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jonathan Mall

Guest
Michael. Sorry if i am too passonate it is just how many lives were lost on the night that should have not been
 
Dec 2, 2000
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>>Michael. Sorry if i am too passonate it is just how many lives were lost on the night that should have not been.<<

And being passionate about it changes....what?

92 years ex post facto is a little too late to get worked up about things and rightly or wrongly, the events were what they were. That makes any little crusade pointless as anyone who might have possibly benefited from same is either long dead, long past caring, or have long ago gotten over it.

Of course, if you choose to get worked up about it, that's certainly your perogative, but you can't change any of it and neither can the rest of us. The most you can hope to do is understand it, and imposing our own highly subjective value judgements on the matter only gets in the way of that.
 
Aug 28, 2005
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Well, those officers did their best to launch those boats. Most of the passengers and crew not rescued yet were either back at the stern or still lost below decks. Lifeboat 2, Launched at 1:45 AM, contained 13 Passengers; 7 First Class and 6 Third Class, plus four crew, total of 17. Not much for a boat that could have held 23 More. They were ordered by Lightoller to row aft to the Gangway door on E-Deck to take on more, but the doors were locked shut. During the movie, a Lifeboat is seen rowing away as the propellers begin rising up out of the water, that was Lifeboat 2.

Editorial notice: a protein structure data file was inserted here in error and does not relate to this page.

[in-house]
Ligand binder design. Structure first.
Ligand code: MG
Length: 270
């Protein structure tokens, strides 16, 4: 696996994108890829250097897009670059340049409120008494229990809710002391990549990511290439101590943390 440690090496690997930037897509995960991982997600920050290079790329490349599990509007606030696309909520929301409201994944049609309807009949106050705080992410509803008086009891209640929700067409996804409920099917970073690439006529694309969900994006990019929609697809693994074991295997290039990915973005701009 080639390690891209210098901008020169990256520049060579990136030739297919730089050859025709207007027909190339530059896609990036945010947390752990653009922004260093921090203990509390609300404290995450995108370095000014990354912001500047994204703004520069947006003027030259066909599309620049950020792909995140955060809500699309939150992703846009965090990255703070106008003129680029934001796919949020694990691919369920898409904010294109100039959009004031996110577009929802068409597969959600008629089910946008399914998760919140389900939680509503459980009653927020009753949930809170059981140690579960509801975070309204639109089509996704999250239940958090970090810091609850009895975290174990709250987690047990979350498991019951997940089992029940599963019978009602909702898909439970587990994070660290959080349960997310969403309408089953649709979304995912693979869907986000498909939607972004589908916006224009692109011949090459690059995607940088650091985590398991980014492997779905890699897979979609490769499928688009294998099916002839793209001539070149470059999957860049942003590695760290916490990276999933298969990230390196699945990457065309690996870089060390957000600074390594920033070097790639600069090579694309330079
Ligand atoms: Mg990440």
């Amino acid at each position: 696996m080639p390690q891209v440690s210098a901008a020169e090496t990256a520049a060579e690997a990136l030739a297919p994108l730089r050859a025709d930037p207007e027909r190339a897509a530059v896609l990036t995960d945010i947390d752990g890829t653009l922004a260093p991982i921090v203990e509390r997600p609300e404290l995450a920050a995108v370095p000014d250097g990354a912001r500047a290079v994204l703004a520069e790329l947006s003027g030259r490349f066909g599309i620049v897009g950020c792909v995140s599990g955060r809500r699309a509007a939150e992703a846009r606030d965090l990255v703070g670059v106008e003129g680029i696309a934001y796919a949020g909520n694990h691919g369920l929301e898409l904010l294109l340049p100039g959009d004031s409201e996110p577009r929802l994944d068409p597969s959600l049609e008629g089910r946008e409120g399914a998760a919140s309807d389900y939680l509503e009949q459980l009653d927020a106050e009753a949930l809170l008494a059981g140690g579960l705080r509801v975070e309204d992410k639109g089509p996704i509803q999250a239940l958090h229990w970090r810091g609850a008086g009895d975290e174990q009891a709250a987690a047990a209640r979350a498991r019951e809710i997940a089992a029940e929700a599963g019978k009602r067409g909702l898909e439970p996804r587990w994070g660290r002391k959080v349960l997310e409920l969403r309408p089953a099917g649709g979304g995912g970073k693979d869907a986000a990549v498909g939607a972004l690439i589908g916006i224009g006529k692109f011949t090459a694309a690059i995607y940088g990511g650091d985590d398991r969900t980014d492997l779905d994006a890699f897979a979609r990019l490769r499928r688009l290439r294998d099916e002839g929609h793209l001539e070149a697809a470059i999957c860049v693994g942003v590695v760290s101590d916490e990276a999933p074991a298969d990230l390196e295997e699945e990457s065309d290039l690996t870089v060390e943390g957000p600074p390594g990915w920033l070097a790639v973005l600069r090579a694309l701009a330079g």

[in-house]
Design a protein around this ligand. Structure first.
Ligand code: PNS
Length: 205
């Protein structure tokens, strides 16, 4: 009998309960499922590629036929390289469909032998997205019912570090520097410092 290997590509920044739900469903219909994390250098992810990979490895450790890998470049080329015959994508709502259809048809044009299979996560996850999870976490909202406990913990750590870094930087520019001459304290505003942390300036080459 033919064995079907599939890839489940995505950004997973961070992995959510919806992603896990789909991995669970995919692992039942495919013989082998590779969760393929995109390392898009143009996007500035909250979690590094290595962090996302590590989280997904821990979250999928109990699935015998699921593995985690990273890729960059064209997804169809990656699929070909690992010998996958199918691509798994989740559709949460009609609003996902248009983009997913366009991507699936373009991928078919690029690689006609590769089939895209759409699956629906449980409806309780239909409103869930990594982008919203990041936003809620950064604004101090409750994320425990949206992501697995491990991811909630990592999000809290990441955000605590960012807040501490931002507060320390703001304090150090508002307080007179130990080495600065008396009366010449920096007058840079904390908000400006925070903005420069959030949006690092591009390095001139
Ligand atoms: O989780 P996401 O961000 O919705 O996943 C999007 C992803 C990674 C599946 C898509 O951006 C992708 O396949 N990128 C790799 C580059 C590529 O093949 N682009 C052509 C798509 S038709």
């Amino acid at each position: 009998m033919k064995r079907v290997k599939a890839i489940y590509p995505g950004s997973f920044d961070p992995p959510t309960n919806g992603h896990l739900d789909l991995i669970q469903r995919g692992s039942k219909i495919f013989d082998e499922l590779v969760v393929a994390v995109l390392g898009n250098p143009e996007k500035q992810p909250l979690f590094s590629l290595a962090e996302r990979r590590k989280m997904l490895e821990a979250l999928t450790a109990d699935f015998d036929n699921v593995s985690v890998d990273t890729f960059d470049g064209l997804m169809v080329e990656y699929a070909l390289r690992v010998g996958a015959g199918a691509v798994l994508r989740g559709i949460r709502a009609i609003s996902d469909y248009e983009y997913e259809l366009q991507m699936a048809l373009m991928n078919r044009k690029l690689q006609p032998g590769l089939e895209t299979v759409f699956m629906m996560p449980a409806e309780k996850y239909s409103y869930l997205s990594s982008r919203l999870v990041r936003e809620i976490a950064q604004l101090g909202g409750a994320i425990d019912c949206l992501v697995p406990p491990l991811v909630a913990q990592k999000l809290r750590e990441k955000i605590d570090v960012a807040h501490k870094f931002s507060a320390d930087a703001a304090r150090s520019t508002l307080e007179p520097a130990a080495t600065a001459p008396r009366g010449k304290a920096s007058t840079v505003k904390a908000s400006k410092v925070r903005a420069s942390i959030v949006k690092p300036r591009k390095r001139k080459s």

Lifeboat 4, the last of the big boats, had been lowered even with A-Deck, and should have been the first away, but was forgotten after being blocked by the windows enclosing A-Deck. It took them an hour to take down the windows, I would have just used a sledgehammer. At that time, about 40 First Class women and Children were still on the ship. 25 of them boarded Lifeboat 4, along with 8 second class passengers. 16 Crewmen also boarded, making its capacity just around 50, the highest number any of those forward boats carried. Collapsible C proudly contained 38 Third Class passengers to safety, 5 Men, 18 Women, and 15 Children, the highest amount of Third class Passengers out of all the boats. Along with 2 First Class Passengers and 6 crew members, Collapsible C was launched with only one empty seat. J. Bruce Ismay helped Mariana Assaf and the Moubarek Family into the Lifeboat before taking a seat himself.
Collapsible D, the last of the boats launched, contained only 21 people, about half its capacity, 5 Men, 13 Women, and 3 Children were rescued.
Total, 133 People were rescued in these boats,
41 First Class, 10 Second Class, 53 Third Class, and 29 crew. About 20% of the survivors.
 
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Holly Peterson

Guest